“Sellers of food products do not attract the same kind of attention as purveyors of drugs or tobacco. They should.”
Only “food companies and their trade associations” believe that “all foods can be part of healthful diets” and that “there is no such thing as a good or a bad food.”
The “defense of freedom of choice or exclusion of ‘Big Brother’ government” from diet choice are “self-interested actions” by food producers.
The thoughts of the Center for Science in the Public Interest (CSPI)? Maybe. They’re definitely the thoughts of Marion Nestle — these quotes come from her recent book Food Politics, a savage attack on consumer freedom. And, when an interviewer from Food Science News asked Nestle if CSPI is her “covert ally,” she replied: “Overt is more like it. I was on CSPI’s board for five years, then slipped off quietly, but I’m a big supporter of what they do. By and large, they’re the major game in town.” [For more on CSPI, visit CSPIscam.com.]
Nestle isn’t the only anti-food fanatic with close CSPI ties. “Twinkie Tax” evangelist Kelly Brownell, who has said “children are to the obesity field what second-hand smoke was to tobacco” and that “there is no difference between Ronald McDonald and Joe Camel,” has been a CSPI mainstay for years.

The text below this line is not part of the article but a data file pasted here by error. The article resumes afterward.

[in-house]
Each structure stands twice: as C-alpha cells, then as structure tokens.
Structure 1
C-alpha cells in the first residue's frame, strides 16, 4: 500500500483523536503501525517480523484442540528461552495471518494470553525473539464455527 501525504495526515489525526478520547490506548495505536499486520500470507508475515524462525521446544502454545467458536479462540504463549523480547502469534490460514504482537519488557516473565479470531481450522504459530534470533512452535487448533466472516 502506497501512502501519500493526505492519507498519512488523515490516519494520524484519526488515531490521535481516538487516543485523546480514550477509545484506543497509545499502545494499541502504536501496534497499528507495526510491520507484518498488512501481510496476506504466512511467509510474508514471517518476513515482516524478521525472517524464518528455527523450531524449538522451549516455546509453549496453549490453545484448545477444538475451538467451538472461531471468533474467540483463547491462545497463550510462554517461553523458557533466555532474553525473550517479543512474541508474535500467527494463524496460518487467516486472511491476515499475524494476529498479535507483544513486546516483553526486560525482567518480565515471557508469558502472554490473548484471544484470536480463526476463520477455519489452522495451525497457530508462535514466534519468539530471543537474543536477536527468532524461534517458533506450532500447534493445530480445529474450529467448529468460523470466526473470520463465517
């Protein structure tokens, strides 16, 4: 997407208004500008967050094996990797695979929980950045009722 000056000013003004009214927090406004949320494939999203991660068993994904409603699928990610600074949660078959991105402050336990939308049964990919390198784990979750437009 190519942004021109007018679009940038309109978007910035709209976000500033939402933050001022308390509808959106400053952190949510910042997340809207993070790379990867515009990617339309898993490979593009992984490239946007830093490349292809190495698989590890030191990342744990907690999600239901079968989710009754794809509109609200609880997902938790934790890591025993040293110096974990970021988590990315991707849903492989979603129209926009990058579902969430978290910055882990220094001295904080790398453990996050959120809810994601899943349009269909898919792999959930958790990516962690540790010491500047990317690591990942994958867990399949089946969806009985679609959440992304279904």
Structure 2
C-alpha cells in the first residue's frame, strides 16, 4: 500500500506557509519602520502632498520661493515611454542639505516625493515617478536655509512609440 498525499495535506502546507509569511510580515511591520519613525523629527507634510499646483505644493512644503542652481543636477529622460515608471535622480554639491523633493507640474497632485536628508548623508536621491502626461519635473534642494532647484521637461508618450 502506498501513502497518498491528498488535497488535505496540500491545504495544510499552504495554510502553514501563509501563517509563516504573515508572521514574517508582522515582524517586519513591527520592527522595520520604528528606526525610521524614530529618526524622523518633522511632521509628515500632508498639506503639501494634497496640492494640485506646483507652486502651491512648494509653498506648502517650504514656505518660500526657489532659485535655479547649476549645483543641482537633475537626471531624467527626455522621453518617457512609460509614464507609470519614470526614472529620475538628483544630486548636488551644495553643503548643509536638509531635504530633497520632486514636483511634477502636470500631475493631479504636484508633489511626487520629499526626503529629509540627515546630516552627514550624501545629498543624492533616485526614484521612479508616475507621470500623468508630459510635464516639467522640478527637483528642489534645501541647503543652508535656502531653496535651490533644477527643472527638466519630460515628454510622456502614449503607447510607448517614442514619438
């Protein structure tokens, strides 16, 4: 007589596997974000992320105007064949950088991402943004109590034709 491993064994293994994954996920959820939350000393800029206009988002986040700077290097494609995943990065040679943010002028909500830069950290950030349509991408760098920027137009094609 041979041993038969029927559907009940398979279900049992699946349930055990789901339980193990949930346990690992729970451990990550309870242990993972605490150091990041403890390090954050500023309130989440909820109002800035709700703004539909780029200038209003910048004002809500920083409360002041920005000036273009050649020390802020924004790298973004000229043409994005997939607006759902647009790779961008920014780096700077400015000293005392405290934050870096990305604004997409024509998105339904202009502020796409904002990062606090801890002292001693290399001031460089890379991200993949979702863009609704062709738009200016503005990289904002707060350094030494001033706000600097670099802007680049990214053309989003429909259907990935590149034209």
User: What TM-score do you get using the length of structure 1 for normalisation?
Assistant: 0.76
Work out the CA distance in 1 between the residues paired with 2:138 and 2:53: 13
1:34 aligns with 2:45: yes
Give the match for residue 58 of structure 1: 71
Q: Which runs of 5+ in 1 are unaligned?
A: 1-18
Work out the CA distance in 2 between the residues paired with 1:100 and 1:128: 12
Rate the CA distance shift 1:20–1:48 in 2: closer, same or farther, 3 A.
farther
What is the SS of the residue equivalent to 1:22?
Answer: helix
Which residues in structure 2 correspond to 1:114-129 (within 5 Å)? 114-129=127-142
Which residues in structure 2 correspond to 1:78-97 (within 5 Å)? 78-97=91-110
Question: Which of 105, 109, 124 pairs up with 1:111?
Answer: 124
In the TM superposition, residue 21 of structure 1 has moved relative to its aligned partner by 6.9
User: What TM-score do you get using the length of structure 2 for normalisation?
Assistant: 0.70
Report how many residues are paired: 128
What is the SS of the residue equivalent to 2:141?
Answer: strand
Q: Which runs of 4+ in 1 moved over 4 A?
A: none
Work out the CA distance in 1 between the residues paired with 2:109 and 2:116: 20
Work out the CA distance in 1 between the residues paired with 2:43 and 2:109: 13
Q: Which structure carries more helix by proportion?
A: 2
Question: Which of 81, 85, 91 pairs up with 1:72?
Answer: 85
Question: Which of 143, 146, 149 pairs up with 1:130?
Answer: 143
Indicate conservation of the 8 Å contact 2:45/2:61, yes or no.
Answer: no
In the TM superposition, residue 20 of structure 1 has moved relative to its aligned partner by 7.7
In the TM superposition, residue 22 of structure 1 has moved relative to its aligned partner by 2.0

Nestle says she favors “CSPI’s idea” for a “tax on soft drinks” — an idea promoted by Brownell and CSPI’s Michael Jacobson in a 2000 article. “A steep tax would probably reduce the consumption of the taxed foods,” they wrote, but “a small tax may be more politically feasible and would mostly go unnoticed by the public.”
Brownell has been more blunt on the subject: “Congress and state legislatures could shift the focus to the environment by taxing foods with little nutritional value. Fatty foods would be judged on their nutritive value per calorie or gram of fat. The least healthy would be given the highest tax rate… Consumption of high-fat food would drop.”